On July  29, 1990, Ayrton Senna achieved a feat that has never been repeated in F1 history: he won the German GP for three years in a row. The McLaren driver triumphed in 1988, 1989 and 1990 at Hockenheim, a circuit known for its long straights that cut through the German Black Forest.

Throughout history, several drivers came close to achieving the same distinction, but none of them were able to do it.  Juan Manuel Fangio, for instance, won the German GP in 1954, 1956 and 1957, but the race wasn’t held in 1955, preventing him from wining in three consecutive years. Alberto Ascari, an Italian driver who made his name in the ‘50s, won in 1950, 1951 and 1952, but the 1950 race wasn’t an official Formula One race yet. The GP would become an official part of the category’s calendar in the following year.

Back in Senna’s time, the Brazilian driver’s wins in Germany were crucial to how the 1988, 1989 and 1990 championships turned out.  In those three years, Ayrton’s main rival was Alain Prost, and all three times the Brazilian arrived at Hockenheim in second place overall, right behind the Frenchman.

In 1988, Senna won from start to finish, and the gap between him and his rival shrunk from six to three points in the standings. By the end of the year, Ayrton would be the world champion.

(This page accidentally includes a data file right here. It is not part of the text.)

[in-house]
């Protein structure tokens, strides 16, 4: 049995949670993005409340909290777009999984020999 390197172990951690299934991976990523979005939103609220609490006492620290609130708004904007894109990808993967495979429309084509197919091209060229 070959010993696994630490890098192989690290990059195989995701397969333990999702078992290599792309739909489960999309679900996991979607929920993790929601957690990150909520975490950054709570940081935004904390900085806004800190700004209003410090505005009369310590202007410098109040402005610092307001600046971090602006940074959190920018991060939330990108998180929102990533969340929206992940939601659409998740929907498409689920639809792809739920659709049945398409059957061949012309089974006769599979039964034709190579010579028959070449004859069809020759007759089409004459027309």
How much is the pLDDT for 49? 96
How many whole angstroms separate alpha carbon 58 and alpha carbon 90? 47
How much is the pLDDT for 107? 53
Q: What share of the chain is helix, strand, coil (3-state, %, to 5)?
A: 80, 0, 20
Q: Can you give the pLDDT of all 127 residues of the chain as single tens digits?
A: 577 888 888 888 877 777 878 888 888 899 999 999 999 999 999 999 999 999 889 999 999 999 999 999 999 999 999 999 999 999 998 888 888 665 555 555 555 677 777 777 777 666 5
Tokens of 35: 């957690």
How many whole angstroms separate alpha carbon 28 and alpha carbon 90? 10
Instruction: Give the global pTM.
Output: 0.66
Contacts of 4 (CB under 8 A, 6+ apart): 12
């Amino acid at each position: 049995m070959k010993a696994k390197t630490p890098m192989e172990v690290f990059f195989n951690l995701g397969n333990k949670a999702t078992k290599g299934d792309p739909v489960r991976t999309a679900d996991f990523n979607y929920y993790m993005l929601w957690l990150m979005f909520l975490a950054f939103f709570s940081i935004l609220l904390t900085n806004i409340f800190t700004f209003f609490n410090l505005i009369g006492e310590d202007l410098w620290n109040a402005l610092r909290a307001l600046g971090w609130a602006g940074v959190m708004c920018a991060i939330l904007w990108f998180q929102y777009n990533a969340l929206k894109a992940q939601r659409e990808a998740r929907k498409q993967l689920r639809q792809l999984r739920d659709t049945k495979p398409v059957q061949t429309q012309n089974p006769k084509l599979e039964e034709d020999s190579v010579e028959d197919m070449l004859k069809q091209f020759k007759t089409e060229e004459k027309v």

On year later, in 1989, Senna overtook Prost in the final lap, an important result that enabled the Brazilian to keep fighting for the title against his teammate, who ended up winning the championship after a controversial race at Suzuka.

In 1990, Senna won and Prost finished in fourth place with a Ferari, catapulting the Brazilian to the top of the standings. The Frenchman was two points ahead before that GP, but Senna walked out of Hockenheim with a four-point advantage.

In addition, in the three opportunities he won in Germany, the Brazilian started from pole position. Ayrton won three other podiums on this same German track, in 1986, 1987 and 1992 – that is, from 1986 to 1992, Senna was left out of the Hockenheim podium only in 1991.